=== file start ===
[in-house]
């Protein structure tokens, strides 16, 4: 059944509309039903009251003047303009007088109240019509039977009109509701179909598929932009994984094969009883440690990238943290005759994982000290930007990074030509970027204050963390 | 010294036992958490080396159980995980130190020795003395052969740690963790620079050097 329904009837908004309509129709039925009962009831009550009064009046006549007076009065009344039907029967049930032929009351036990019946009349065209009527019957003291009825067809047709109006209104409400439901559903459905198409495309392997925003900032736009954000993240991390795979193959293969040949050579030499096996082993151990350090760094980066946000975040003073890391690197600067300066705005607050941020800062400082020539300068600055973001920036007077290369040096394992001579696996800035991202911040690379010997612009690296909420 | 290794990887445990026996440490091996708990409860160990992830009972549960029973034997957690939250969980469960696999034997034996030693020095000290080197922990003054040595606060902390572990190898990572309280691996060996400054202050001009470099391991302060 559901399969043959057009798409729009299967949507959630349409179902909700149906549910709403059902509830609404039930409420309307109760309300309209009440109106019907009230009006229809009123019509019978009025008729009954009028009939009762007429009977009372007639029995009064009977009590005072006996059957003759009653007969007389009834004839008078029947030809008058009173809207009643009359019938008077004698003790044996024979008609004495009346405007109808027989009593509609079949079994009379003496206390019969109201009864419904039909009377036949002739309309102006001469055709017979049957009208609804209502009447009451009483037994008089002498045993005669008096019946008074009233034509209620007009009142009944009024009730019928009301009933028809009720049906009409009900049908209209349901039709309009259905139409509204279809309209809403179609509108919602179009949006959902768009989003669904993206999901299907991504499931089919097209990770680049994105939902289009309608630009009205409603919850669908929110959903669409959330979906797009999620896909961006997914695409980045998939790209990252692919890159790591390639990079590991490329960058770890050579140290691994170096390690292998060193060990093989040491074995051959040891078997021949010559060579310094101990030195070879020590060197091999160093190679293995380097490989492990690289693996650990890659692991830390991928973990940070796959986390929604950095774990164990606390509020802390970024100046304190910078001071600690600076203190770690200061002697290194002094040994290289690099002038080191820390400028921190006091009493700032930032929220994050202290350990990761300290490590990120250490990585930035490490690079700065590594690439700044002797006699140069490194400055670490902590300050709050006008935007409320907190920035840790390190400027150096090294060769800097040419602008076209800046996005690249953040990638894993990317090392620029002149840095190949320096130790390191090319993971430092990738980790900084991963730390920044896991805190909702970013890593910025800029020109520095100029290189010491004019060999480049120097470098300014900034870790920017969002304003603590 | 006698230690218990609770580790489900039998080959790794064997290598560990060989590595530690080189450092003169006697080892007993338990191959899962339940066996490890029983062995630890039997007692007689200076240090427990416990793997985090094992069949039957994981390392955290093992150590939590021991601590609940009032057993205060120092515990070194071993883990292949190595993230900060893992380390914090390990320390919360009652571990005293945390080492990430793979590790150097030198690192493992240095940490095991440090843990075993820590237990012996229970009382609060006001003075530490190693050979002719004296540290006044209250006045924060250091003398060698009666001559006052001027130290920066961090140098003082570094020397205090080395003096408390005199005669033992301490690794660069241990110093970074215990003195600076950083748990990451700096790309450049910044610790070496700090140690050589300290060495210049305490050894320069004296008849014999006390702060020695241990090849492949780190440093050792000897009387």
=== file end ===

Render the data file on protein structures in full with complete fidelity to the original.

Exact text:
[in-house]
């Protein structure tokens, strides 16, 4: 059944509309039903009251003047303009007088109240019509039977009109509701179909598929932009994984094969009883440690990238943290005759994982000290930007990074030509970027204050963390 | 010294036992958490080396159980995980130190020795003395052969740690963790620079050097 329904009837908004309509129709039925009962009831009550009064009046006549007076009065009344039907029967049930032929009351036990019946009349065209009527019957003291009825067809047709109006209104409400439901559903459905198409495309392997925003900032736009954000993240991390795979193959293969040949050579030499096996082993151990350090760094980066946000975040003073890391690197600067300066705005607050941020800062400082020539300068600055973001920036007077290369040096394992001579696996800035991202911040690379010997612009690296909420 | 290794990887445990026996440490091996708990409860160990992830009972549960029973034997957690939250969980469960696999034997034996030693020095000290080197922990003054040595606060902390572990190898990572309280691996060996400054202050001009470099391991302060 559901399969043959057009798409729009299967949507959630349409179902909700149906549910709403059902509830609404039930409420309307109760309300309209009440109106019907009230009006229809009123019509019978009025008729009954009028009939009762007429009977009372007639029995009064009977009590005072006996059957003759009653007969007389009834004839008078029947030809008058009173809207009643009359019938008077004698003790044996024979008609004495009346405007109808027989009593509609079949079994009379003496206390019969109201009864419904039909009377036949002739309309102006001469055709017979049957009208609804209502009447009451009483037994008089002498045993005669008096019946008074009233034509209620007009009142009944009024009730019928009301009933028809009720049906009409009900049908209209349901039709309009259905139409509204279809309209809403179609509108919602179009949006959902768009989003669904993206999901299907991504499931089919097209990770680049994105939902289009309608630009009205409603919850669908929110959903669409959330979906797009999620896909961006997914695409980045998939790209990252692919890159790591390639990079590991490329960058770890050579140290691994170096390690292998060193060990093989040491074995051959040891078997021949010559060579310094101990030195070879020590060197091999160093190679293995380097490989492990690289693996650990890659692991830390991928973990940070796959986390929604950095774990164990606390509020802390970024100046304190910078001071600690600076203190770690200061002697290194002094040994290289690099002038080191820390400028921190006091009493700032930032929220994050202290350990990761300290490590990120250490990585930035490490690079700065590594690439700044002797006699140069490194400055670490902590300050709050006008935007409320907190920035840790390190400027150096090294060769800097040419602008076209800046996005690249953040990638894993990317090392620029002149840095190949320096130790390191090319993971430092990738980790900084991963730390920044896991805190909702970013890593910025800029020109520095100029290189010491004019060999480049120097470098300014900034870790920017969002304003603590 | 006698230690218990609770580790489900039998080959790794064997290598560990060989590595530690080189450092003169006697080892007993338990191959899962339940066996490890029983062995630890039997007692007689200076240090427990416990793997985090094992069949039957994981390392955290093992150590939590021991601590609940009032057993205060120092515990070194071993883990292949190595993230900060893992380390914090390990320390919360009652571990005293945390080492990430793979590790150097030198690192493992240095940490095991440090843990075993820590237990012996229970009382609060006001003075530490190693050979002719004296540290006044209250006045924060250091003398060698009666001559006052001027130290920066961090140098003082570094020397205090080395003096408390005199005669033992301490690794660069241990110093970074215990003195600076950083748990990451700096790309450049910044610790070496700090140690050589300290060495210049305490050894320069004296008849014999006390702060020695241990090849492949780190440093050792000897009387």